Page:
One sentence: As the reluctant winners of a cable TV network contest, a painfully shy woman and an outgoing man — neither of whom are seeking a spouse — must marry and live together for 90 days, learning true love — not cold, hard cash — is the real prize.
One paragraph: Thanks to her meddling best friend, Kari Parker earns the dubious distinction of becoming the “Blind Date Bride” — sentenced by the judges in Romance TV’s “Get a Love Life” contest to meet and marry a complete stranger for 90 days. Unable to pass up the cash prize that she wants to help her parents’ failing restaurant, she finds herself saddled with a too-big, too-strong and too-friendly husband who reminds her way too much of the ex she’s been running from for years. Then Kari moves from the spare room to Damien’s bedroom to accommodate a camera crew filming a reality show of their “marriage” and realizes she doesn’t have a chance of making it through the 90 days with her heart intact.
Two paragraphs: Thanks to her meddling best friend, Kari Parker earns the dubious distinction of becoming the “Blind Date Bride” — sentenced by the judges in Romance TV’s “Get a Love Life” contest to meet and marry a complete stranger for 90 days. She agrees to do it because the prize money will save her parents’ foundering restaurant. Damien Walker didn’t enter the “Get a Love Life” contest, either — his buddy was hoping he’d win second prize, a trip for two to Club Med. But when a panel of romance experts says he has the worst love life in America, he realizes he has become too wrapped up in his veterinary practice. He sees his beautiful, bogus bride both as a lifeline to pull him out of his dull existence and a puzzle to solve.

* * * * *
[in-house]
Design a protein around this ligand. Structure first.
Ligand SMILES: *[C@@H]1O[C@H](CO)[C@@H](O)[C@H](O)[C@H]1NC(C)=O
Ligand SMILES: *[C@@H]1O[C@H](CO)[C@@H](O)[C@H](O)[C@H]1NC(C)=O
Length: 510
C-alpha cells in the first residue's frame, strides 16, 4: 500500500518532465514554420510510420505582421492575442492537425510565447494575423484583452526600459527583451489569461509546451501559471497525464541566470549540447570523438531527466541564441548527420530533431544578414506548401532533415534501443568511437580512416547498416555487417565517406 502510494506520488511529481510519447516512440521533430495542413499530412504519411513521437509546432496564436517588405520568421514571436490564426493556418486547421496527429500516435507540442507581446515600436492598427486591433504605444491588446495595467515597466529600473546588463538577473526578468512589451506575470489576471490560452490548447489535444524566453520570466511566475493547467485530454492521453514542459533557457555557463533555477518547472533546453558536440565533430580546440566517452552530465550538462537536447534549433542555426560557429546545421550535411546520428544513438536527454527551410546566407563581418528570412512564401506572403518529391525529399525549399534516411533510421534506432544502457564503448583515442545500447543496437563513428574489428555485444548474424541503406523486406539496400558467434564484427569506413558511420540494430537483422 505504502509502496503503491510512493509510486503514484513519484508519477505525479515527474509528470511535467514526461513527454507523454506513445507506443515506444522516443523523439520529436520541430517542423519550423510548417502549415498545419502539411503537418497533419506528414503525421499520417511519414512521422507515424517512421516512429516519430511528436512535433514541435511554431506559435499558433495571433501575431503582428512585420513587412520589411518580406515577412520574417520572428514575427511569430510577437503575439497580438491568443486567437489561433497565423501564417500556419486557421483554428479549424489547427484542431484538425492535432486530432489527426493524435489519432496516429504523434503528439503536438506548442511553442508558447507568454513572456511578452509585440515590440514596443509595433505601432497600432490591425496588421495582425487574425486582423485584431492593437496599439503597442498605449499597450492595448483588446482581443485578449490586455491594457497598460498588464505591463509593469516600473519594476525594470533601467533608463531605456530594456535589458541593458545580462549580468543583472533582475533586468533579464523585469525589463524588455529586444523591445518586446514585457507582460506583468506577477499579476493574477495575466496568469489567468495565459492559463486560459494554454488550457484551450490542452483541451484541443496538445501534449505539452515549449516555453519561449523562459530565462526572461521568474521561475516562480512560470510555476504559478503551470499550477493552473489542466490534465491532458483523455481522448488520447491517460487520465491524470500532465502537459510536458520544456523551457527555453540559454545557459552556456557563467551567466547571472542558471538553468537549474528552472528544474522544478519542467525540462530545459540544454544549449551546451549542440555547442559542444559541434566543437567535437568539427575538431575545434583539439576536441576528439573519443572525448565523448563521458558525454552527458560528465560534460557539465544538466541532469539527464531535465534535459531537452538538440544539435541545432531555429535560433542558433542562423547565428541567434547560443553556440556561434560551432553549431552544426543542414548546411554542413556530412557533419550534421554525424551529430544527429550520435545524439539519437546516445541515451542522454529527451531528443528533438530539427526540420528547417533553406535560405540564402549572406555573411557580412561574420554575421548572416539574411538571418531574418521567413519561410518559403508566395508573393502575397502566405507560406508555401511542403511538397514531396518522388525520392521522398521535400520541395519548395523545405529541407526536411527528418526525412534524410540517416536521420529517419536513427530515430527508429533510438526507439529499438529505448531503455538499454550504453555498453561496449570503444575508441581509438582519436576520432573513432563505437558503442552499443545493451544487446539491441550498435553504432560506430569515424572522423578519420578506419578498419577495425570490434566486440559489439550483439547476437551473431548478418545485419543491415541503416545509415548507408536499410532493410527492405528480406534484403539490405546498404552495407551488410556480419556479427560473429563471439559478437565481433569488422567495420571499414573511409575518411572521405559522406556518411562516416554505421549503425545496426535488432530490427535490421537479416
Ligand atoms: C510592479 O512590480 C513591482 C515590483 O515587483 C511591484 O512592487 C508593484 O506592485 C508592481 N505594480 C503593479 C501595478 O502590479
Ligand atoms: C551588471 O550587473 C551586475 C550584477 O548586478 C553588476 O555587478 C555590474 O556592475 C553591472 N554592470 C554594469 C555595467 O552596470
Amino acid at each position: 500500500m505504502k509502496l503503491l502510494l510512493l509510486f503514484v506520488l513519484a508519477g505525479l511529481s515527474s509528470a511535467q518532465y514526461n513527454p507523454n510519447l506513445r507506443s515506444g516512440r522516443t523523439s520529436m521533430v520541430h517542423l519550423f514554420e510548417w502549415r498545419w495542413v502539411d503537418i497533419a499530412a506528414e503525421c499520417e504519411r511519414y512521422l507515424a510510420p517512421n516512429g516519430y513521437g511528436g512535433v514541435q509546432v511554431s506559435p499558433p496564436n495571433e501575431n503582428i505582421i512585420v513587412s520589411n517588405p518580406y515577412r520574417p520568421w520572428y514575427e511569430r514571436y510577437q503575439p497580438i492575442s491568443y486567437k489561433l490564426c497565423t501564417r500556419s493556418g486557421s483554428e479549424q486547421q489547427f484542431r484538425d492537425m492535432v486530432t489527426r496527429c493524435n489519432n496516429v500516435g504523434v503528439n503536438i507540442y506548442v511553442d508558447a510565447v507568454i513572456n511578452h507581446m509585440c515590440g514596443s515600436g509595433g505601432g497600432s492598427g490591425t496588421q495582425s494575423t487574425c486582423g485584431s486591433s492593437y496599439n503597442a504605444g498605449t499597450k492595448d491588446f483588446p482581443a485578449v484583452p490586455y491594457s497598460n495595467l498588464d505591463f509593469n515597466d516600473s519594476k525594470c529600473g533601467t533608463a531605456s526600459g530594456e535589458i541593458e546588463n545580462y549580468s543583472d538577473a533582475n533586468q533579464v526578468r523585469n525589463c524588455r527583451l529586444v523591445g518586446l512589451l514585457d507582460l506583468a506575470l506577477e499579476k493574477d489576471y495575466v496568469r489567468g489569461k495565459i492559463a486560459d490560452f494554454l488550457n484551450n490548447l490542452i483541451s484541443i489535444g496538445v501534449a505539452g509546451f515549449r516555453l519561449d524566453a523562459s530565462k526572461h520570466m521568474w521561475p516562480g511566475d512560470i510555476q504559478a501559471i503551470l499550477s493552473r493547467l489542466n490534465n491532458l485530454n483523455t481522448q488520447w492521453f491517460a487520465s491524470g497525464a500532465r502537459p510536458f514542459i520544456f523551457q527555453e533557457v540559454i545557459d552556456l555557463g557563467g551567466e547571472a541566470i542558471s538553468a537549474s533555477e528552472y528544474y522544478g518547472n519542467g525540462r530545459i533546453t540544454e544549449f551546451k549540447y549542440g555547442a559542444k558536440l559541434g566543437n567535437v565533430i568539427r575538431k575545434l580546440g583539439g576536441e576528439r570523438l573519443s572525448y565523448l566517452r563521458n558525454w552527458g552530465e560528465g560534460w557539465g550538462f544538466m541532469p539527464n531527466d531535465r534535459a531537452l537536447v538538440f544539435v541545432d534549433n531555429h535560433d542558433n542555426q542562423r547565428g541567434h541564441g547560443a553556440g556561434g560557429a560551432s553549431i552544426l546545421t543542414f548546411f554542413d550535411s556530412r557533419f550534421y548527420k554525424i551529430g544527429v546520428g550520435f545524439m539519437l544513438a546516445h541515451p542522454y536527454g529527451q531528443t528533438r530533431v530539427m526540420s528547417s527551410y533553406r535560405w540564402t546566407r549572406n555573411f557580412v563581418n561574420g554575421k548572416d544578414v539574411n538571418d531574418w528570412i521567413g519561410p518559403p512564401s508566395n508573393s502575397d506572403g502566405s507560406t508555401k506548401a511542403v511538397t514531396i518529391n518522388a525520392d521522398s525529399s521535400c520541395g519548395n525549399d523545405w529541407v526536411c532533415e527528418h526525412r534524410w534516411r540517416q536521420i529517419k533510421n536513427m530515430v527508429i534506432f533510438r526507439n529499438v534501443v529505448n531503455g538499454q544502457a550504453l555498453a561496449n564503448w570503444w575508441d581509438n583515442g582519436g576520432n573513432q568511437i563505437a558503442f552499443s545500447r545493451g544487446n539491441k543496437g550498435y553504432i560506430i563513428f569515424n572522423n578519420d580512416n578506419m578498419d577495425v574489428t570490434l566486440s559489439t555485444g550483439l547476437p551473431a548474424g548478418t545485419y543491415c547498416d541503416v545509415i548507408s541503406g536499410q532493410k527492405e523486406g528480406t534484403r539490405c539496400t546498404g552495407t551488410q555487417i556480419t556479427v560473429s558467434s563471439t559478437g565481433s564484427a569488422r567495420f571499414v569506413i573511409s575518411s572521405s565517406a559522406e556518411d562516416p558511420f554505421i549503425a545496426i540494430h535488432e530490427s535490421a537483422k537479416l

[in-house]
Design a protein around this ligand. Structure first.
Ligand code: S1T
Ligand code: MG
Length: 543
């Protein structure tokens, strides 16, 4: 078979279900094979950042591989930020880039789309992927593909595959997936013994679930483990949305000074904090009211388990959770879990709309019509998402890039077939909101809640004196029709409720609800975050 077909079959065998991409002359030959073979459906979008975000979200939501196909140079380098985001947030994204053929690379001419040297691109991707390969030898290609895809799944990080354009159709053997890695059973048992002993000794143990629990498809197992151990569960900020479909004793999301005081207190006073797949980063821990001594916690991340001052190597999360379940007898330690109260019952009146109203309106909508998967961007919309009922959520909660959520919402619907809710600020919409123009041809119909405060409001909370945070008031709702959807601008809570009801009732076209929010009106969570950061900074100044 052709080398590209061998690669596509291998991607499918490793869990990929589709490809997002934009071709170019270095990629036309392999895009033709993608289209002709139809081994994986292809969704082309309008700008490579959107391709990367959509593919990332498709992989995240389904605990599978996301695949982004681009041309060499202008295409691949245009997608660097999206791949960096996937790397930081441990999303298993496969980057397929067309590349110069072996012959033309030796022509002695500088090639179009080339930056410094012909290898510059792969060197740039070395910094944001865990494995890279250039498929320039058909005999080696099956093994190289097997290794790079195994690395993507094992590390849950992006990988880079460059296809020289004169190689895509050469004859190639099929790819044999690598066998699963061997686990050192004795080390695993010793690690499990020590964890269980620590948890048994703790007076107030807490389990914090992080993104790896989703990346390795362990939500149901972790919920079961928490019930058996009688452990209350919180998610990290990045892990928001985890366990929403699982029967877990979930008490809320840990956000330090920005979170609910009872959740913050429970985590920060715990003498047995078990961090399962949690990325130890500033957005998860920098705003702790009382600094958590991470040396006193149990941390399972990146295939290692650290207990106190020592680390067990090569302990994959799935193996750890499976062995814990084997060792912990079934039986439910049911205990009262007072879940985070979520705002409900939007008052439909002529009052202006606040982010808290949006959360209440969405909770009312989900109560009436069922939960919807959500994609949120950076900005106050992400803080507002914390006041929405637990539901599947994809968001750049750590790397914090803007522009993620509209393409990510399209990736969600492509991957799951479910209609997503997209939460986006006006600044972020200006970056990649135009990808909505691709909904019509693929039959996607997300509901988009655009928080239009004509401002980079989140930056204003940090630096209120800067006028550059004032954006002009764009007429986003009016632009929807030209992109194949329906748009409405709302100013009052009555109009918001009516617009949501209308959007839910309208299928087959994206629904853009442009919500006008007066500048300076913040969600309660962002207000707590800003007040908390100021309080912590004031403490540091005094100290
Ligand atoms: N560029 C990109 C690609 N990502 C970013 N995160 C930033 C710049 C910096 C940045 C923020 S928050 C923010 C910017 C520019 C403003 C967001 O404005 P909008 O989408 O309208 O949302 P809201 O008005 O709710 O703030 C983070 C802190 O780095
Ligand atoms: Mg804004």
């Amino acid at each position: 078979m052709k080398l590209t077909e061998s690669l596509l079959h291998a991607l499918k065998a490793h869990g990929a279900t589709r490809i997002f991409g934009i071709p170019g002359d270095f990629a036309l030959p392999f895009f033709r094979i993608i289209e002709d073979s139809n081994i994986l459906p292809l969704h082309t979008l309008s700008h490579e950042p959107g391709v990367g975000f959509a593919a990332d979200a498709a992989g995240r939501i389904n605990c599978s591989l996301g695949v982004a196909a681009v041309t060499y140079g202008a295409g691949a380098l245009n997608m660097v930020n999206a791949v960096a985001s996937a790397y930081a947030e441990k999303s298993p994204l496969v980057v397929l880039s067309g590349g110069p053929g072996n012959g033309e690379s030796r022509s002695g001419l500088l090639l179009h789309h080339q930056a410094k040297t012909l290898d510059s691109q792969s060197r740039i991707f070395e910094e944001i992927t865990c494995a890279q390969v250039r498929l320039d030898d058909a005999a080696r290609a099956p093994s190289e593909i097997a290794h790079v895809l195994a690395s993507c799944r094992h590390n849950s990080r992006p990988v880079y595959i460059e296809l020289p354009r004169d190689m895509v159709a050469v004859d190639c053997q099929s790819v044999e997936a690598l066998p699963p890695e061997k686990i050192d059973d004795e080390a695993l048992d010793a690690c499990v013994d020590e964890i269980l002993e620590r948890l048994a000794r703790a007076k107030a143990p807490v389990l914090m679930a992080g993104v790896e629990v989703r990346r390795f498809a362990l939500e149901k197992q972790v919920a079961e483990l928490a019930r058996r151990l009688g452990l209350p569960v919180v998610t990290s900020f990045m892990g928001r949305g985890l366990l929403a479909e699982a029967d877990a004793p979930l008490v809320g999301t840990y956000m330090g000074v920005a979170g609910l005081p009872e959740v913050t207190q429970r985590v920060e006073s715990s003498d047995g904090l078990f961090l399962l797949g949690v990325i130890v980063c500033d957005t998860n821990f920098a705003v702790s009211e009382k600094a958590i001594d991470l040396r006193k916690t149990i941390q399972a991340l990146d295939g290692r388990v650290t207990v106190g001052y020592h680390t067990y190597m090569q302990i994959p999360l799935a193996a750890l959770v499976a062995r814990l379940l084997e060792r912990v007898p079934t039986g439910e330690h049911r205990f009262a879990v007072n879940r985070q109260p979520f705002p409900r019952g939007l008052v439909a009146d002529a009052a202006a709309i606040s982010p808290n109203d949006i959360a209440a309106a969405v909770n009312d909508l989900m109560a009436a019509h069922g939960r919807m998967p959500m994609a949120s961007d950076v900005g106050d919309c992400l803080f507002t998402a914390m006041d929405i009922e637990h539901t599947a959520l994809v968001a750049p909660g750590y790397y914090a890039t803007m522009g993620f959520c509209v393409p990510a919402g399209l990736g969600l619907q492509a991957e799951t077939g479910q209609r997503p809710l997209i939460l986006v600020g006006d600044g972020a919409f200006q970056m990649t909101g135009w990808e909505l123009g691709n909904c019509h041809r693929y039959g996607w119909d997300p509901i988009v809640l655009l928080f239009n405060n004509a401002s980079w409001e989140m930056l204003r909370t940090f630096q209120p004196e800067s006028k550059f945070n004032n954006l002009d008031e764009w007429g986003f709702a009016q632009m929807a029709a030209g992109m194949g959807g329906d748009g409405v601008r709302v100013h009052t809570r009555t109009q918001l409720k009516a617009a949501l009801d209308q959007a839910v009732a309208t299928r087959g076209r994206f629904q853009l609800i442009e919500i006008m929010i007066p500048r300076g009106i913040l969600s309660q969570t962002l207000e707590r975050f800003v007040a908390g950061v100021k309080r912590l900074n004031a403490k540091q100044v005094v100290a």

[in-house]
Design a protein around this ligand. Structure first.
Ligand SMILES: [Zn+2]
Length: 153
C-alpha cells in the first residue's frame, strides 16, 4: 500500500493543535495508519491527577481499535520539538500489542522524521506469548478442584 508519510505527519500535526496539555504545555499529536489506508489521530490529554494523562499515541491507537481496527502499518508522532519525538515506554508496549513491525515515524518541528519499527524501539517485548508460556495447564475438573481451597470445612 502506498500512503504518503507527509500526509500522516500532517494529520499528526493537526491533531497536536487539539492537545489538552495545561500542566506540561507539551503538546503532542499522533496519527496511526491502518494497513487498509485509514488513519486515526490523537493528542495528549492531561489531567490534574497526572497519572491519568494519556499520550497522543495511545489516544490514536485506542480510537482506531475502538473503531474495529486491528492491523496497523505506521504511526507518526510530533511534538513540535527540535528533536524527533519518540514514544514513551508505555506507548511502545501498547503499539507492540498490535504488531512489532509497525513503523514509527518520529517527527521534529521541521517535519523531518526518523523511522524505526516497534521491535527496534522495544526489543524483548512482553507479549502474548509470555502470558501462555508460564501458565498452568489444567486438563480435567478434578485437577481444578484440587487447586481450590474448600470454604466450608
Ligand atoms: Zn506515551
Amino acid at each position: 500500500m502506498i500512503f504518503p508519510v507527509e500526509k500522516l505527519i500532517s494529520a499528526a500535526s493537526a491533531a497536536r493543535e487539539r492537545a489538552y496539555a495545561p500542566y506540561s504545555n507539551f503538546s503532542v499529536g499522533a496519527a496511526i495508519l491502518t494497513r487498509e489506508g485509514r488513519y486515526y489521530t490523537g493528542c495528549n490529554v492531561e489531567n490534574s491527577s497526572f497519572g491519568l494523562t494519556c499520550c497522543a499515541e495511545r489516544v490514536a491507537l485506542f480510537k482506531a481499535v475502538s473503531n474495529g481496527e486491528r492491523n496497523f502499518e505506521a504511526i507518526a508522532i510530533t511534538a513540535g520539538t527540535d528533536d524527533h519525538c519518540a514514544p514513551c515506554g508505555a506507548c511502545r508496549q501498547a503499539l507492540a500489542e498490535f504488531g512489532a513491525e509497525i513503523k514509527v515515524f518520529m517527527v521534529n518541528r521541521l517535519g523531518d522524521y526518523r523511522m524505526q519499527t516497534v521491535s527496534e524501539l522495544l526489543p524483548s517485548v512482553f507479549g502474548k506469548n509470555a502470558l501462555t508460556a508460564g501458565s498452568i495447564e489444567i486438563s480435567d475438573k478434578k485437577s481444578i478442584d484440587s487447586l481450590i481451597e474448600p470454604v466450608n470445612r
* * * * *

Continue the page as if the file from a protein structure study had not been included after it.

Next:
The real fun begins when Kari moves from the spare room to his bedroom to accommodate the camera crew they agree to let film a reality show of their “marriage.” As Damien tries to figure out why Kari bolts every time they touch, she quickly realizes she’ll never make it through the 90 days without succumbing to his advances. Worse yet, she finds herself wanting to trust Damien and see if they can make their sham marriage real in every sense of the word.
I was pretty pleased with my efforts, especially when I had a chance today to use my longest pitch on an editor taking pitches on someone’s blog today.
Well, either I did a poor job communicating what I wanted to convey or “Blind Date Bride” isn’t as ready for querying as I thought, because the editor didn’t have a kind word to say. She said my plot was too far-fetched.
What, I ask you, is so far-fetched about a TV network coming up with a crazy, intrusive premise for a show and changing people’s lives? 😉
Maybe I just need to explain their motivations a little better … but this is the short version — even shorter than my one-page query. Hmm. What to do, what to do?